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Tips for Great STEM Afterschool

From preparing young people with the 21st-century skills they—and in turn, America—will need for the careers of tomorrow, to the unique talents and environment that afterschool provides for fun hands-on STEM enrichment that inspires excitement along with understanding, the case for STEM activities Afterschool is well documented and researched.

STEM is also shown to be highly valued by parents and can make an afterschool program more attractive to parents looking for increased STEM enrichment opportunities for their young people.

Afterschool leaders who understand the importance of STEM and want to provide a great STEM program need to commit to moving beyond offering infrequent standalone activities. Programs that are serious about STEM should take the time to plan a cohesive STEM program that enables staff to consistently provide activities that inspire participation while developing the skills that our young people will need for their futures.

STEM Afterschool: Three Universal Barriers to Entry

How do you go from wanting a great STEM program to having one? You must first address the three universal barriers all afterschool programs face when attempting to improve their STEM programs:

  • Lack of awareness of age-appropriate science curriculum and resources.
  • Limited funds for materials and equipment.
  • Little to no science—or science teaching—staff expertise.

These barriers seem daunting, but with forethought and planning can quickly be overcome.

  • The recent focus on STEM enrichment has provided many excellent curricula designed for afterschool. (Some of the main resources are listed under Curriculum.)
  • It is a fallacy that you need expensive science equipment to teach STEM. In fact, use of everyday materials is less intimidating and helps demonstrate to your young people that STEM is a natural part of their everyday lives. Many great STEM programs make use of supplies you already have on hand or can easily purchase from local grocery or craft stores.
  • The lack of science background among your program staff can actually be an advantage. They can be great role models as co-learners with their young people—sharing in the fun and excitement as the group learns together.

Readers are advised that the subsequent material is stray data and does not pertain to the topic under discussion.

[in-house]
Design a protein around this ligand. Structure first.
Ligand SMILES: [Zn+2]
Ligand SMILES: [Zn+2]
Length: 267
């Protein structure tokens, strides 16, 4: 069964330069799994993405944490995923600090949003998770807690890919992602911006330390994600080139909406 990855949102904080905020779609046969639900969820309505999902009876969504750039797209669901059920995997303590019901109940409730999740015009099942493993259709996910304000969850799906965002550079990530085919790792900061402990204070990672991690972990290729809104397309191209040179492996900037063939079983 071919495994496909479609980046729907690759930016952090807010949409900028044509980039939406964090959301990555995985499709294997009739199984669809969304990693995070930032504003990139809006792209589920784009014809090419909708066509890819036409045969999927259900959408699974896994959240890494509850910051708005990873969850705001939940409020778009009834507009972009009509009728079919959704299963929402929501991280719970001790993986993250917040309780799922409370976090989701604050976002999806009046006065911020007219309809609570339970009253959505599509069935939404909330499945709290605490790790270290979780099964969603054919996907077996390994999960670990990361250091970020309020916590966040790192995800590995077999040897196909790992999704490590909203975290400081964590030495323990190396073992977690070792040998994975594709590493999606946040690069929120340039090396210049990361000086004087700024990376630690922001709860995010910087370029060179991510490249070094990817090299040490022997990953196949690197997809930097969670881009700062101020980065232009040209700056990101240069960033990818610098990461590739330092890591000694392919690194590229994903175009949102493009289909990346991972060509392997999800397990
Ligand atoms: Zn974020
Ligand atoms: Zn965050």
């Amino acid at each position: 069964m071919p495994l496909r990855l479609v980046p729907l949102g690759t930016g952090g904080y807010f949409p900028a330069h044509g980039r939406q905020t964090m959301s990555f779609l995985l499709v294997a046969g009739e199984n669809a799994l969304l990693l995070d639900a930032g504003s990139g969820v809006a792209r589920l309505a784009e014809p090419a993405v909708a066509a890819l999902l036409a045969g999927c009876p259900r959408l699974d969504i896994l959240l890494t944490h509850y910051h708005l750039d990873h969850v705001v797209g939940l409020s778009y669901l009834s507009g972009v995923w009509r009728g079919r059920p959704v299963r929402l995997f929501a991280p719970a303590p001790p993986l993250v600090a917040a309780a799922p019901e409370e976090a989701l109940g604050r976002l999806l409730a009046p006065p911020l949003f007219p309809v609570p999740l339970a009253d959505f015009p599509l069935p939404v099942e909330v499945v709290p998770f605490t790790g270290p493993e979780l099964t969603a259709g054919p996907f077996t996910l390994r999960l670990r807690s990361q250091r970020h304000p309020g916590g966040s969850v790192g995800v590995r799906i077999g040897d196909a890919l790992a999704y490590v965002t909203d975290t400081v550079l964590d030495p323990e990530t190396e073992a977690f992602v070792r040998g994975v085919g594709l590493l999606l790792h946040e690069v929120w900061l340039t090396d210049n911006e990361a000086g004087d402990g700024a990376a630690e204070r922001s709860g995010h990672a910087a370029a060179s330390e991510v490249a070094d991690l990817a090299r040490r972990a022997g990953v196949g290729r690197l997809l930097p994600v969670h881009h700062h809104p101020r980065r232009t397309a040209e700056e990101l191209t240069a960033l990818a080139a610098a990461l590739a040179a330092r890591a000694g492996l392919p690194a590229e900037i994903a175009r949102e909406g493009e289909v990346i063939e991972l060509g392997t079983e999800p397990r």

By understanding and removing the traditional barriers to implementing STEM, the key question becomes: What does a great STEM Afterschool program look like, and how do we get started?

Great STEM Afterschool

First and foremost, you need a plan.

STEM success takes forethought and planning. Gather information. Bring together key stakeholders for your STEM program. Take some time to discuss what a good STEM program looks like for your situation. Discuss the resources and budget you will need to achieve success.

Then, with all the practicalities and circumstances of your program on the table, decide on:

1. Curriculum

This is by far the most important aspect of achieving STEM success. All programs are unique and you—like many programs before you—may be tempted to create your own curriculum.

Please do not.

There is no reason to spend precious resources reinventing the wheel. There are many resources for STEM programs and an increasing number are designed specifically for afterschool. By choosing an existing tried-and-tested curriculum, you can devote your time and resources to ensuring its implementation and success. The curriculum you select should suit your afterschool program and the interests of your staff and young people.

Look for curriculum that has:

  • Thematically connected stand-alone activities.
  • Hands-on and inquiry-based activities.
  • Student-centered activities that nurture interest and curiosity.
  • Specific learning goals.
  • Diversified subject matter.